UK Parliament to debate plastic-free packaging for fruit and vegetables

Comments Email Print

The United Kingdom House of Commons will debate a petition on Nov. 12 urging the government to make supermarkets offer plastic-free packaging for fresh fruit and vegetables.

Signed by 123,000 members of the public, the petition states that the move is necessary due to “the problem of an ever-increasing amount of plastic waste polluting our environment.” 

The government has responded to the petition saying it is working with retailers and the Waste and Resources Action Programme (WRAP) to explore the potential for the introduction of plastic-free initiatives in supermarkets where fresh food is sold loose.

In the U.K., at 10,000 signatures, a petition receives a response from the government. At 100,000 signatures it is considered for a debate in Parliament.

Moves against single-use plastics have peaked in the U.K. over the last year, with Prime Minister Theresa May pledging to investigate “plastic-free” aisles in supermarkets earlier in the year.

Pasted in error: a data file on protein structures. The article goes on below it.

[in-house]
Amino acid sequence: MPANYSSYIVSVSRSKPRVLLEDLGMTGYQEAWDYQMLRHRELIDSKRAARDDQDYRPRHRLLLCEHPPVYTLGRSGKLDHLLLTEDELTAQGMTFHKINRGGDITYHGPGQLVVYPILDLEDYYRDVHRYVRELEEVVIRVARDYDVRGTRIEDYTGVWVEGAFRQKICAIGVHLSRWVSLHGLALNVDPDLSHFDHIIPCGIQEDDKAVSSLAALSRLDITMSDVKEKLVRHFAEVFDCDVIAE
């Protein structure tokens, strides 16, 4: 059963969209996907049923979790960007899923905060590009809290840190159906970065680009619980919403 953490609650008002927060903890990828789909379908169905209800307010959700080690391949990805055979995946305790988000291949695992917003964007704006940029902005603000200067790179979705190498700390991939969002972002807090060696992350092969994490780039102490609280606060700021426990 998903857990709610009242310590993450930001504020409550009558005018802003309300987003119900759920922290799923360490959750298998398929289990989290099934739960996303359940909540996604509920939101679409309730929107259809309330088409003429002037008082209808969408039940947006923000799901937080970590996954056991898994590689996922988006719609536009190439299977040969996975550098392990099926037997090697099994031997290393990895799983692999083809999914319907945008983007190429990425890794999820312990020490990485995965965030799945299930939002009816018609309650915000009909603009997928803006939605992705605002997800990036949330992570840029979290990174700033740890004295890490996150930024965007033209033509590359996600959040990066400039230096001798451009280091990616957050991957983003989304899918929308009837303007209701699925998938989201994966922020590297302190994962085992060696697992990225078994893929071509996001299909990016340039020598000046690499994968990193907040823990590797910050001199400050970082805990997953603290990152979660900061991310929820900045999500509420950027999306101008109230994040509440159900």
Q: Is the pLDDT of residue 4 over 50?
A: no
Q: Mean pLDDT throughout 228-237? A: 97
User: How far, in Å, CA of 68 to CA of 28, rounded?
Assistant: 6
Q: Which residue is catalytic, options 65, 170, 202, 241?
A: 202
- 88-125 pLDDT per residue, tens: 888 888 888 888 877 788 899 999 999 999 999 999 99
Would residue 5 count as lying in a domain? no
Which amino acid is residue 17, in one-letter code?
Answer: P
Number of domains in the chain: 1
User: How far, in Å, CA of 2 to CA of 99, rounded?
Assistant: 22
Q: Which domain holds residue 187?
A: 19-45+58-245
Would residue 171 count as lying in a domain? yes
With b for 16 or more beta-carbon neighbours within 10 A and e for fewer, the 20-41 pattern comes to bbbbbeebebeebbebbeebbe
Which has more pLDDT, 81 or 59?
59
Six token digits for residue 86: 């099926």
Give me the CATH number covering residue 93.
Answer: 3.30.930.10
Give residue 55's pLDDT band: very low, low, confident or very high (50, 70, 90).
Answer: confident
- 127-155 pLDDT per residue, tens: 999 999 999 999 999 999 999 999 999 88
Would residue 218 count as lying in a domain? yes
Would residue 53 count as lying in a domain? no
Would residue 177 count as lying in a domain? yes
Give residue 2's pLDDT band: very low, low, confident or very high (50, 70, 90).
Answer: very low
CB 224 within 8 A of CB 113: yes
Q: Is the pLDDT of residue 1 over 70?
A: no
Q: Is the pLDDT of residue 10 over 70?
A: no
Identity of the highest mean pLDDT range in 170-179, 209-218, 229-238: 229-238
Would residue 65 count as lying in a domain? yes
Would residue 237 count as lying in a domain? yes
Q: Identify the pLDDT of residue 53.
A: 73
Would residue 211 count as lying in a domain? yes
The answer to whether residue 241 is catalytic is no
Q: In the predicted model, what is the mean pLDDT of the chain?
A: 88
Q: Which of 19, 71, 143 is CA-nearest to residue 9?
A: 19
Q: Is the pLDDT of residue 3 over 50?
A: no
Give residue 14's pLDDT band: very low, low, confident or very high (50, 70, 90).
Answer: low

Unveiling her 25-year environmental strategy in January, May said the government would eradicate “all avoidable plastic waste.”

In addition, a number of key chain restaurants, supermarkets and businesses, as well as the British royal family, have announced planned bans on single-use plastics, plastic straws and similar items over the past 12 months.

A BBC Blue Planet II nature series last November, which linked the death of a baby pilot whale to ocean plastics, sparked the wave of anti-plastic waste sentiments in the U.K.

To obtain reprints or copyright permissions:

Visit: Reprints